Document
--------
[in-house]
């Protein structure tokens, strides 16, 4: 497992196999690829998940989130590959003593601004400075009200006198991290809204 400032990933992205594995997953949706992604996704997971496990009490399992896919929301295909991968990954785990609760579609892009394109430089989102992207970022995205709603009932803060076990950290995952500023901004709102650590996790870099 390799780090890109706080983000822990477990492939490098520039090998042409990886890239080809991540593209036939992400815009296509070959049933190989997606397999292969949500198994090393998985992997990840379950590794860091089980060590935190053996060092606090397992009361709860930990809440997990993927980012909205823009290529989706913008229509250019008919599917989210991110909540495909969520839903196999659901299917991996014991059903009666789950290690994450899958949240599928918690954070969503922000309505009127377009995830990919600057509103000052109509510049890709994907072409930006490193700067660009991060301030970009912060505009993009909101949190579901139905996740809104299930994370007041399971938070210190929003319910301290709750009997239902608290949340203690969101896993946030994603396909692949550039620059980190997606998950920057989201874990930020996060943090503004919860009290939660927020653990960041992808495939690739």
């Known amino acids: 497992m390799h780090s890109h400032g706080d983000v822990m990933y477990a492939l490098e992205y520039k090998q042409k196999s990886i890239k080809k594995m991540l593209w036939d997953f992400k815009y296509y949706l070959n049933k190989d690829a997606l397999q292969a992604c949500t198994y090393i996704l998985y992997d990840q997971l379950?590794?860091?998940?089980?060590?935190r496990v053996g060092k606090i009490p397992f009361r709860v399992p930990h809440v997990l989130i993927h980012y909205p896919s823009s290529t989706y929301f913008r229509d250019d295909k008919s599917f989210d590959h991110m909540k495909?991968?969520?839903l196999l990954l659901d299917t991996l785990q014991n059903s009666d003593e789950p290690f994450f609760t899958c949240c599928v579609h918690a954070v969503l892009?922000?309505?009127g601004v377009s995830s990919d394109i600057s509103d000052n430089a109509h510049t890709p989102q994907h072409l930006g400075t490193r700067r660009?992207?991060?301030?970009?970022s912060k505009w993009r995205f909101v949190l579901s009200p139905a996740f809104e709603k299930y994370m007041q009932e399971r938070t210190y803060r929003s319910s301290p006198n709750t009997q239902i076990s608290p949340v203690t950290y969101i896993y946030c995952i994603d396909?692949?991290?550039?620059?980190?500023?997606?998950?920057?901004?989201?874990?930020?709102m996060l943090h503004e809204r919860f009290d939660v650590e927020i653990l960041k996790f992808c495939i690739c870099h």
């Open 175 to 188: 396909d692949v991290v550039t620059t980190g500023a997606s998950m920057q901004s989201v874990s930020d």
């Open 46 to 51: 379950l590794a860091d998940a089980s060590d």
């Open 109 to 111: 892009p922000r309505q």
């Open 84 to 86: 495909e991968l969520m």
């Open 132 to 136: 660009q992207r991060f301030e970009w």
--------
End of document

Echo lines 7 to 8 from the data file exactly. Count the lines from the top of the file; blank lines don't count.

């Open 84 to 86: 495909e991968l969520m």
């Open 132 to 136: 660009q992207r991060f301030e970009w």